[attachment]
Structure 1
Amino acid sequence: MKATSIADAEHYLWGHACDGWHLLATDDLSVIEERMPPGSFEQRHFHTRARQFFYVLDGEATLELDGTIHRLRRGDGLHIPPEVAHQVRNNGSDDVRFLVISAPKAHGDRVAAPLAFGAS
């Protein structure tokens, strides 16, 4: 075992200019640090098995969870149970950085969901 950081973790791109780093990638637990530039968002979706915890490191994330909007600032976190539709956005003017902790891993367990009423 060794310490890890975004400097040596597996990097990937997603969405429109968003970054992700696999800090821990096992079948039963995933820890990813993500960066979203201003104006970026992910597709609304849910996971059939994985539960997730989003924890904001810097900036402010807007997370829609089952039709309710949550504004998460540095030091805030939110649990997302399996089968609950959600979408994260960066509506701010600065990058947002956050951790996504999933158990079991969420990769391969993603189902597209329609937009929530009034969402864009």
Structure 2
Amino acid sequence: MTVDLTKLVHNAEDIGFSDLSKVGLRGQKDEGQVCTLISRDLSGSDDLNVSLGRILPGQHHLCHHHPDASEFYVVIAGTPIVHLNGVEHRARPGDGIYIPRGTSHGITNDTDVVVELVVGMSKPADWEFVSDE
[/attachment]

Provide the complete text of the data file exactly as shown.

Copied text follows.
Structure 1
Amino acid sequence: MKATSIADAEHYLWGHACDGWHLLATDDLSVIEERMPPGSFEQRHFHTRARQFFYVLDGEATLELDGTIHRLRRGDGLHIPPEVAHQVRNNGSDDVRFLVISAPKAHGDRVAAPLAFGAS
């Protein structure tokens, strides 16, 4: 075992200019640090098995969870149970950085969901 950081973790791109780093990638637990530039968002979706915890490191994330909007600032976190539709956005003017902790891993367990009423 060794310490890890975004400097040596597996990097990937997603969405429109968003970054992700696999800090821990096992079948039963995933820890990813993500960066979203201003104006970026992910597709609304849910996971059939994985539960997730989003924890904001810097900036402010807007997370829609089952039709309710949550504004998460540095030091805030939110649990997302399996089968609950959600979408994260960066509506701010600065990058947002956050951790996504999933158990079991969420990769391969993603189902597209329609937009929530009034969402864009």
Structure 2
Amino acid sequence: MTVDLTKLVHNAEDIGFSDLSKVGLRGQKDEGQVCTLISRDLSGSDDLNVSLGRILPGQHHLCHHHPDASEFYVVIAGTPIVHLNGVEHRARPGDGIYIPRGTSHGITNDTDVVVELVVGMSKPADWEFVSDE